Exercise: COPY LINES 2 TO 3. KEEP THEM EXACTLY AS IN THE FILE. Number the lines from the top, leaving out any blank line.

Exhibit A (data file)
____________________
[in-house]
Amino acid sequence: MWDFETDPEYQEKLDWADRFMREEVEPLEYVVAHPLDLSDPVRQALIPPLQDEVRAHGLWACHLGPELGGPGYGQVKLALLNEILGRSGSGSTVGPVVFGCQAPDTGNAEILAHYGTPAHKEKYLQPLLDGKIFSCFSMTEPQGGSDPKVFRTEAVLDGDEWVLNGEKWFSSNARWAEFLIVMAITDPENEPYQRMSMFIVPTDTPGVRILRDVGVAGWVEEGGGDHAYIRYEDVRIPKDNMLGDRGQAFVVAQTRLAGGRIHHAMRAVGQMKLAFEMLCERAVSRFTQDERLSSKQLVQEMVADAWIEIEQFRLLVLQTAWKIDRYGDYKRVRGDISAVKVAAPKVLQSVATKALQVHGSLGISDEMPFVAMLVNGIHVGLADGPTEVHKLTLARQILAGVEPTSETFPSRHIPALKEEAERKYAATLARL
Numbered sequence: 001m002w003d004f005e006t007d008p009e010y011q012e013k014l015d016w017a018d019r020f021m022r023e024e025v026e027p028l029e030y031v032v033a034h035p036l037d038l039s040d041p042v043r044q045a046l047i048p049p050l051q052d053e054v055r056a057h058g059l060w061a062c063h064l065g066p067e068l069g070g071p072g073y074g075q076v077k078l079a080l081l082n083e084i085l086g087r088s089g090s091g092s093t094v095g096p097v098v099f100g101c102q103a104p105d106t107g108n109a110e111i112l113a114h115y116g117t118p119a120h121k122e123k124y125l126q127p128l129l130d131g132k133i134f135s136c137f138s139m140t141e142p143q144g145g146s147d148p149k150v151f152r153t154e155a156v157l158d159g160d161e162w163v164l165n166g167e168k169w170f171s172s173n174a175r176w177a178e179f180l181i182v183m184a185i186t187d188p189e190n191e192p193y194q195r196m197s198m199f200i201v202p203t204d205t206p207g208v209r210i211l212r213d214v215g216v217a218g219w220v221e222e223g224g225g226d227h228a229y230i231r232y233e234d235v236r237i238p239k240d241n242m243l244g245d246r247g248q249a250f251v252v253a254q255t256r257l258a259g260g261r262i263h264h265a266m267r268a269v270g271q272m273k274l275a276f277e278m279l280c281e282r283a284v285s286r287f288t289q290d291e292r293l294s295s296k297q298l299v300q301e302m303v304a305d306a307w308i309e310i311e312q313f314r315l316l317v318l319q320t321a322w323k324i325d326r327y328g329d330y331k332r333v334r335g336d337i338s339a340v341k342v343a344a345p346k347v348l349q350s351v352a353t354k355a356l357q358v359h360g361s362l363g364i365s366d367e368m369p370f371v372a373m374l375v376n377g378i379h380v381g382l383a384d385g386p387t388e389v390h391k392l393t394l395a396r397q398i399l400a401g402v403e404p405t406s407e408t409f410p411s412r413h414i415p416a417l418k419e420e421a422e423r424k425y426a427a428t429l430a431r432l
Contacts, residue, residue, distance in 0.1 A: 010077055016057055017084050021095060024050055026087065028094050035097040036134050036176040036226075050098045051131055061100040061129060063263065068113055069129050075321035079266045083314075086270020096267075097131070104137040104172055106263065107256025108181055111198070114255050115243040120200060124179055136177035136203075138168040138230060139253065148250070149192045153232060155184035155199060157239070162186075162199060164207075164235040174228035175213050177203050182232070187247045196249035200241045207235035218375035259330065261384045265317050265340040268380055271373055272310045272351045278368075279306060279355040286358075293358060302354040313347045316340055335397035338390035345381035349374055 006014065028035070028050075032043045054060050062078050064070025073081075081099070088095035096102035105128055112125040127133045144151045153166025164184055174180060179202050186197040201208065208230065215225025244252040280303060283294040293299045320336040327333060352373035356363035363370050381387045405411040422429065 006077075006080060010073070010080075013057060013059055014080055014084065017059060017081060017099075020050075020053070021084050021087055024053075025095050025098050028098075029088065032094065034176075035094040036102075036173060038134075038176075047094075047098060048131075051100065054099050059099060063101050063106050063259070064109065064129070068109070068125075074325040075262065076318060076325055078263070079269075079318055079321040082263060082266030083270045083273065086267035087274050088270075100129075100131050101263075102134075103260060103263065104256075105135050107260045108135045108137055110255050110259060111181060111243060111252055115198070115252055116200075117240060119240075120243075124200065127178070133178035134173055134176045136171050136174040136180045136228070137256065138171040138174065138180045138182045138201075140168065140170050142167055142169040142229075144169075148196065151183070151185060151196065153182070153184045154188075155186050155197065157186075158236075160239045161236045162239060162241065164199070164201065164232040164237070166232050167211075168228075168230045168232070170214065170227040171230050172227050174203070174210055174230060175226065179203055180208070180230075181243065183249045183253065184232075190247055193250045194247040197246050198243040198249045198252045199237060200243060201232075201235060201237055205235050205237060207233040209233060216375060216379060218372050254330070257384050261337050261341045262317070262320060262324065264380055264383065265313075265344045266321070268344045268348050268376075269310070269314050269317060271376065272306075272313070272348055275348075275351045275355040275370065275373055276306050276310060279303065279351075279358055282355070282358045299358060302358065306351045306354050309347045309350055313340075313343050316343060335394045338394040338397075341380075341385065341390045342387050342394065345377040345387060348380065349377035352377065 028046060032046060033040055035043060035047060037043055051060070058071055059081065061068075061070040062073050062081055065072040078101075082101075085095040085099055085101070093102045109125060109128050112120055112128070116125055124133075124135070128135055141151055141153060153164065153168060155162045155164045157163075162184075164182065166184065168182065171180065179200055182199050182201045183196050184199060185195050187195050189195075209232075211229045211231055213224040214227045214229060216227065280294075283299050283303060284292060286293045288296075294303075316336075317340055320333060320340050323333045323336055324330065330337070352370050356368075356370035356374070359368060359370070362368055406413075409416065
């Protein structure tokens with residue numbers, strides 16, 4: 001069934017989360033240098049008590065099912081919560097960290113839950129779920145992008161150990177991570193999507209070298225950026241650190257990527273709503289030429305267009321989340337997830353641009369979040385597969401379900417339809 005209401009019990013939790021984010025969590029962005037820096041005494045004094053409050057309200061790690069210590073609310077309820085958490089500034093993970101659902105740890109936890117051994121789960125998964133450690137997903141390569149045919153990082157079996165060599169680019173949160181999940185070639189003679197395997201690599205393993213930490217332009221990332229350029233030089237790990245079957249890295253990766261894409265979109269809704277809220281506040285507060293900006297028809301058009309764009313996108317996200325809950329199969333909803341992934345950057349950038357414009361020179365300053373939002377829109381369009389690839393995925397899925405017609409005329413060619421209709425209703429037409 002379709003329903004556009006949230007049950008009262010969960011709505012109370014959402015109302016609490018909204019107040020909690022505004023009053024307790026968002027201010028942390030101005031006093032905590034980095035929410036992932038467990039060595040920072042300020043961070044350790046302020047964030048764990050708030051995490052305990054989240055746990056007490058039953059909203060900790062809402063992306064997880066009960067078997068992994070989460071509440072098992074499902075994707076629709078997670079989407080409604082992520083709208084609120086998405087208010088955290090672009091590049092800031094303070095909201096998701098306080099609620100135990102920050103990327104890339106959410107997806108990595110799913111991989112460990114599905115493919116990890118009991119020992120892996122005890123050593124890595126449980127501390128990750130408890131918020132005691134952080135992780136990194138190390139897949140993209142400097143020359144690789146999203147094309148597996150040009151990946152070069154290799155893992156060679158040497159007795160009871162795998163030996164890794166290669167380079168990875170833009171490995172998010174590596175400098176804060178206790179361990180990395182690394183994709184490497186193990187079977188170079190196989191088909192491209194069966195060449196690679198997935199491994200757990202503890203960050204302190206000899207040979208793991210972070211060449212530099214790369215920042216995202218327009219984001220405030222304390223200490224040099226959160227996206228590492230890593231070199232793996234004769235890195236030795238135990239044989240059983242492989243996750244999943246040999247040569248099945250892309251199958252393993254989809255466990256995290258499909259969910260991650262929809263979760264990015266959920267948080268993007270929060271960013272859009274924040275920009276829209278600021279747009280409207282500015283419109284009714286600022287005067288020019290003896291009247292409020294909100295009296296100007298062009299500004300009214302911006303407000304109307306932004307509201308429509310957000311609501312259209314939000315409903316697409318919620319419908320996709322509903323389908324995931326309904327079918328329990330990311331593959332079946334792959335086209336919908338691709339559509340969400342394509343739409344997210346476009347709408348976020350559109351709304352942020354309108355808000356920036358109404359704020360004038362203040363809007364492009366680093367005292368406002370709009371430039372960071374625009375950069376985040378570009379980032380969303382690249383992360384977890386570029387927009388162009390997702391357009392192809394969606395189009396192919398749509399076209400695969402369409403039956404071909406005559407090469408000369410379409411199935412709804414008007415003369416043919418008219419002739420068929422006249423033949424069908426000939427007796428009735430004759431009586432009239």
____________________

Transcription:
Amino acid sequence: MWDFETDPEYQEKLDWADRFMREEVEPLEYVVAHPLDLSDPVRQALIPPLQDEVRAHGLWACHLGPELGGPGYGQVKLALLNEILGRSGSGSTVGPVVFGCQAPDTGNAEILAHYGTPAHKEKYLQPLLDGKIFSCFSMTEPQGGSDPKVFRTEAVLDGDEWVLNGEKWFSSNARWAEFLIVMAITDPENEPYQRMSMFIVPTDTPGVRILRDVGVAGWVEEGGGDHAYIRYEDVRIPKDNMLGDRGQAFVVAQTRLAGGRIHHAMRAVGQMKLAFEMLCERAVSRFTQDERLSSKQLVQEMVADAWIEIEQFRLLVLQTAWKIDRYGDYKRVRGDISAVKVAAPKVLQSVATKALQVHGSLGISDEMPFVAMLVNGIHVGLADGPTEVHKLTLARQILAGVEPTSETFPSRHIPALKEEAERKYAATLARL
Numbered sequence: 001m002w003d004f005e006t007d008p009e010y011q012e013k014l015d016w017a018d019r020f021m022r023e024e025v026e027p028l029e030y031v032v033a034h035p036l037d038l039s040d041p042v043r044q045a046l047i048p049p050l051q052d053e054v055r056a057h058g059l060w061a062c063h064l065g066p067e068l069g070g071p072g073y074g075q076v077k078l079a080l081l082n083e084i085l086g087r088s089g090s091g092s093t094v095g096p097v098v099f100g101c102q103a104p105d106t107g108n109a110e111i112l113a114h115y116g117t118p119a120h121k122e123k124y125l126q127p128l129l130d131g132k133i134f135s136c137f138s139m140t141e142p143q144g145g146s147d148p149k150v151f152r153t154e155a156v157l158d159g160d161e162w163v164l165n166g167e168k169w170f171s172s173n174a175r176w177a178e179f180l181i182v183m184a185i186t187d188p189e190n191e192p193y194q195r196m197s198m199f200i201v202p203t204d205t206p207g208v209r210i211l212r213d214v215g216v217a218g219w220v221e222e223g224g225g226d227h228a229y230i231r232y233e234d235v236r237i238p239k240d241n242m243l244g245d246r247g248q249a250f251v252v253a254q255t256r257l258a259g260g261r262i263h264h265a266m267r268a269v270g271q272m273k274l275a276f277e278m279l280c281e282r283a284v285s286r287f288t289q290d291e292r293l294s295s296k297q298l299v300q301e302m303v304a305d306a307w308i309e310i311e312q313f314r315l316l317v318l319q320t321a322w323k324i325d326r327y328g329d330y331k332r333v334r335g336d337i338s339a340v341k342v343a344a345p346k347v348l349q350s351v352a353t354k355a356l357q358v359h360g361s362l363g364i365s366d367e368m369p370f371v372a373m374l375v376n377g378i379h380v381g382l383a384d385g386p387t388e389v390h391k392l393t394l395a396r397q398i399l400a401g402v403e404p405t406s407e408t409f410p411s412r413h414i415p416a417l418k419e420e421a422e423r424k425y426a427a428t429l430a431r432l